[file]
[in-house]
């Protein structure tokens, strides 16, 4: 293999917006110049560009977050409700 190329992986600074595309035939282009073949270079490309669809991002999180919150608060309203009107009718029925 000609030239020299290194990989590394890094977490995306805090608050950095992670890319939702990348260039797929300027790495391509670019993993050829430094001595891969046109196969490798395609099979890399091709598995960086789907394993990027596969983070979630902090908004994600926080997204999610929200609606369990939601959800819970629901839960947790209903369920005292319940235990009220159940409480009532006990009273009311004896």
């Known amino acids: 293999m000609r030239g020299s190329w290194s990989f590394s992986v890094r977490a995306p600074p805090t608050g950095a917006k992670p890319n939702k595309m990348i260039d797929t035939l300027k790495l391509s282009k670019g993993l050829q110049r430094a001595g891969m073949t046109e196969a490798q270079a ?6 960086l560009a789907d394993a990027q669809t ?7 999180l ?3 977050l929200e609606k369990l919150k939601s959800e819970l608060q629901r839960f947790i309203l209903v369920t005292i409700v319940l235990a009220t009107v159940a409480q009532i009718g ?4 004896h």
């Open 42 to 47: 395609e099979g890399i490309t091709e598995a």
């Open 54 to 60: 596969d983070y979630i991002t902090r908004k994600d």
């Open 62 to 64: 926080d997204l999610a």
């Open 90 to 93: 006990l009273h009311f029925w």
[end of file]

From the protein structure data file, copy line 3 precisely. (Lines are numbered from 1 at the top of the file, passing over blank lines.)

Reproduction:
């Known amino acids: 293999m000609r030239g020299s190329w290194s990989f590394s992986v890094r977490a995306p600074p805090t608050g950095a917006k992670p890319n939702k595309m990348i260039d797929t035939l300027k790495l391509s282009k670019g993993l050829q110049r430094a001595g891969m073949t046109e196969a490798q270079a ?6 960086l560009a789907d394993a990027q669809t ?7 999180l ?3 977050l929200e609606k369990l919150k939601s959800e819970l608060q629901r839960f947790i309203l209903v369920t005292i409700v319940l235990a009220t009107v159940a409480q009532i009718g ?4 004896h």